Frannie took a deep breath. "I know what the rumors say."
"Bush's old Presidential Directive's been burning a hole in his pocket. He's been itching for an excuse."
"That's all we need." Len indicated the laptop. "Your big email in yet?"
She took a closer look. "Seems so. I don't recognize the sender, though."
They'd already gotten comfortable on the couch by the time he was ready to speak.
"Good evening. Earlier today, the facial recognition system that monitors security video at the nation's airports alerted agents of the Transportation Security Administration at Cincinnati International Airport to matches in the Department of Homeland Security's terror suspect database. Following established protocol, TSA attempted to detain these individuals in order to confirm the match. As you may have heard, the suspects bolted, and Homeland Security snipers were forced to fire at them."
Len looked a question at Frannie. "Forced? The suspects had weapons?"
"It is believed that the terrorists killed this morning in Cincinnati were part of a cell that intended to conduct an attack on that airport, as part of a coordinated plan to cripple the nation's transportation system. In order to safeguard the safety of all citizens, I have therefore declared all commercial airports to be essential federal facilities. This enables the Department of Homeland Security to extend complete control over this critical part of our national infrastructure. Furthermore, as of nine o'clock eastern time tonight, I am imposing Martial Law across the country. This state will continue until all of the terrorists involved in this scheme to take over the airspace over the US have been caught or killed. In the meantime, the White House, in accordance with National Security Directive 51, will take control of all government affairs. Members of congress are encouraged to use ground transport to return to their home states, and to use this time to help their constituents through this time of national peril."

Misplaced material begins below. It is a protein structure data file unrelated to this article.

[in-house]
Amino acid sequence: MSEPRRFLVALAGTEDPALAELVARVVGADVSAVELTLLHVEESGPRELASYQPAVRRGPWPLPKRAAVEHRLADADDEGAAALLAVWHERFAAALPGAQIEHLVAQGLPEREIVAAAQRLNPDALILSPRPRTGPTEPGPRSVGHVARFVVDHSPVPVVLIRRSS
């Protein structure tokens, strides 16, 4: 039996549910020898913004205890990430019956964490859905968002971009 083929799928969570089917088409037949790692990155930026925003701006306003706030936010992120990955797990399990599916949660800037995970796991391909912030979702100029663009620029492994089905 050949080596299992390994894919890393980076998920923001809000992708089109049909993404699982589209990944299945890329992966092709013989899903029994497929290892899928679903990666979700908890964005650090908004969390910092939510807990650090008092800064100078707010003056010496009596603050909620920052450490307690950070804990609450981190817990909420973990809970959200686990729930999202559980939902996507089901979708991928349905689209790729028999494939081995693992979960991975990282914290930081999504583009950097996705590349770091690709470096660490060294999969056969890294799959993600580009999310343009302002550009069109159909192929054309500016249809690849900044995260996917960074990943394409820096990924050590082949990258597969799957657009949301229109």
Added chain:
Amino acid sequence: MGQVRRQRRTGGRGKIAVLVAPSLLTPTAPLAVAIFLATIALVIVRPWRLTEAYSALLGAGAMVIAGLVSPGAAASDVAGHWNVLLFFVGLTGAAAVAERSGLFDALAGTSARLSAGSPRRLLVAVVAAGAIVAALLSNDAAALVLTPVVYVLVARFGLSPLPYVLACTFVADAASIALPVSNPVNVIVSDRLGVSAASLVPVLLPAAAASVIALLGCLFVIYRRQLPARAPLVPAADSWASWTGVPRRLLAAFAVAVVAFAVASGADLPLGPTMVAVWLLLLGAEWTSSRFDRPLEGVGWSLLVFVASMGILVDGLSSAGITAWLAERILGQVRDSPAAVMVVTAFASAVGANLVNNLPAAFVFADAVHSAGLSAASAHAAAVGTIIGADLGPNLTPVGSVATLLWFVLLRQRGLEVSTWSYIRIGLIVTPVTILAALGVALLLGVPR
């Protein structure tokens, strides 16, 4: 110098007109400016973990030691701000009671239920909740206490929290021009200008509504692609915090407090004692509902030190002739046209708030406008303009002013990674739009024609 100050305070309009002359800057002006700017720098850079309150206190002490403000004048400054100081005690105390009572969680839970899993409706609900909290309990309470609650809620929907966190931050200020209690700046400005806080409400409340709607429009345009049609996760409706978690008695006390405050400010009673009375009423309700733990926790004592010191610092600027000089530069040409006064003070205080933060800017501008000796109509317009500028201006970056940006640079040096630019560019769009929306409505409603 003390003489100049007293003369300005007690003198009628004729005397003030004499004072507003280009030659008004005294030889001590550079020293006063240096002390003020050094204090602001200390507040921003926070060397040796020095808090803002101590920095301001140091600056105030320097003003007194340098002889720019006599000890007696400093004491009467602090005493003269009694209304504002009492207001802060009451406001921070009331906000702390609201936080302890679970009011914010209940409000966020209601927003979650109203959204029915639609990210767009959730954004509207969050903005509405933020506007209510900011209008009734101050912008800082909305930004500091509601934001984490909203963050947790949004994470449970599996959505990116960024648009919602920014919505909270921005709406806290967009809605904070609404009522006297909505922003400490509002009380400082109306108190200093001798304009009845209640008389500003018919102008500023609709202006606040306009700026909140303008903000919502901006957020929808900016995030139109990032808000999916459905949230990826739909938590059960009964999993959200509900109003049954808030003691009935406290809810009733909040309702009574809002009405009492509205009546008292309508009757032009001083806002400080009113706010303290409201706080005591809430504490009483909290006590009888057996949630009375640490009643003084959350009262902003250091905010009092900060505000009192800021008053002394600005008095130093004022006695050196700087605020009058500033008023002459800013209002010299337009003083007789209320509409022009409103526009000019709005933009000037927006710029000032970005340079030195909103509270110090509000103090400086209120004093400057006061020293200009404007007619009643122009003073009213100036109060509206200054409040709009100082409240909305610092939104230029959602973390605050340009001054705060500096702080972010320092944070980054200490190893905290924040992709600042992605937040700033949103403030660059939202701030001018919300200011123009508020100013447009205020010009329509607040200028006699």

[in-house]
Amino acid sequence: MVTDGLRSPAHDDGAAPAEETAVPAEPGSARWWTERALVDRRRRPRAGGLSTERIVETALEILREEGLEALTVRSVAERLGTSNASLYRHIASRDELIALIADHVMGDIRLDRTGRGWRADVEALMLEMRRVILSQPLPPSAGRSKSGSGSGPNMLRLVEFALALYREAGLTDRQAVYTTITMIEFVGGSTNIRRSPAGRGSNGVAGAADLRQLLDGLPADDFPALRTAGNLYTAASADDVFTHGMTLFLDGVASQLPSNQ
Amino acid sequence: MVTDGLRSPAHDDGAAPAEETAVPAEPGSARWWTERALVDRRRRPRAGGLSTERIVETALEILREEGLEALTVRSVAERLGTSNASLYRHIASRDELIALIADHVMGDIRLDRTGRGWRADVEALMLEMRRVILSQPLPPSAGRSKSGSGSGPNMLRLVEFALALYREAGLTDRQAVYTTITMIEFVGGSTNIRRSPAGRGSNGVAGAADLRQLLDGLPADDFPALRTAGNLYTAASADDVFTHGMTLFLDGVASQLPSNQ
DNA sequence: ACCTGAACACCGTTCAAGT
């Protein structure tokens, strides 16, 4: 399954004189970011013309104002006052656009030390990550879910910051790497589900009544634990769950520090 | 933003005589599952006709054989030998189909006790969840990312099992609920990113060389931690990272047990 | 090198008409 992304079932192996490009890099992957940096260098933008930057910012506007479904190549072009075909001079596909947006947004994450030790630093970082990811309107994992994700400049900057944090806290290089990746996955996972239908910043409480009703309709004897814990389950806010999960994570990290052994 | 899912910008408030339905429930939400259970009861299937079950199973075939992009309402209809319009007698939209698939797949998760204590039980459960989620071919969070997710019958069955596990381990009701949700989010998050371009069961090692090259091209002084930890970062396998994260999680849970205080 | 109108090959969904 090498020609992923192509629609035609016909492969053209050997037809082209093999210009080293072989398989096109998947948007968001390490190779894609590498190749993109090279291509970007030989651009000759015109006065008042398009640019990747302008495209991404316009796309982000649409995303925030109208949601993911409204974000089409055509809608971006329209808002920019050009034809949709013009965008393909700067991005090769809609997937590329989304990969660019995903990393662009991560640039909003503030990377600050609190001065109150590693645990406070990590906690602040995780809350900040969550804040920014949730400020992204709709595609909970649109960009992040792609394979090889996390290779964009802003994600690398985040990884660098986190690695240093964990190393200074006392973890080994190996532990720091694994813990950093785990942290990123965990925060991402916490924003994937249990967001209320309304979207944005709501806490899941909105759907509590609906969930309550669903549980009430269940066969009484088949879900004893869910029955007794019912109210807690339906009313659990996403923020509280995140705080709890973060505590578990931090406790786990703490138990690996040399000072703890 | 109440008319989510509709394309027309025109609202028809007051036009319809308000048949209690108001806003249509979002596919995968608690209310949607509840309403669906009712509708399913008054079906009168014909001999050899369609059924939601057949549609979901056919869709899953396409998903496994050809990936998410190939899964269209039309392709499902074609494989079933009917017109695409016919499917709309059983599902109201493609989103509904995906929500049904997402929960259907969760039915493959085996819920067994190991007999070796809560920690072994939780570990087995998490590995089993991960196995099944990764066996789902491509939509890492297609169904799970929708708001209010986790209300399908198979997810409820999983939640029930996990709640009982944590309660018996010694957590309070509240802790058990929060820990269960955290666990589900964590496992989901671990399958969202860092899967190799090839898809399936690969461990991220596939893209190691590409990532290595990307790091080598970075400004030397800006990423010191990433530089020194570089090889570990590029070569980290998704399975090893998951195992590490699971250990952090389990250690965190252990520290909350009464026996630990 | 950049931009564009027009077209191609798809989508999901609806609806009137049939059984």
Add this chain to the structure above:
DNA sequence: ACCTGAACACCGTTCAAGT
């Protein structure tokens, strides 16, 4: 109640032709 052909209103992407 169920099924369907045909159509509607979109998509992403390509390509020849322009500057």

Len snorted. "I'm glad you asked me to pick up some canned goods. There's no telling how long this might last. So now what?"
"Looks like we'll be here for a while, so I might as well see what that message was." She got the laptop, then returned to her seat and plugged it back in. "Hmmm. It's video mail. Forwarded from my cell phone account. Nice of them to have that option. Only thing is, I don't recognize the sender."
Frannie turned the laptop so they could both see the screen, and opened the attached video.
A young man looked out from the small window, an arm's-length view from a camera-phone. "Hi Ned. It's Larry. I hope I remembered your cell number correctly."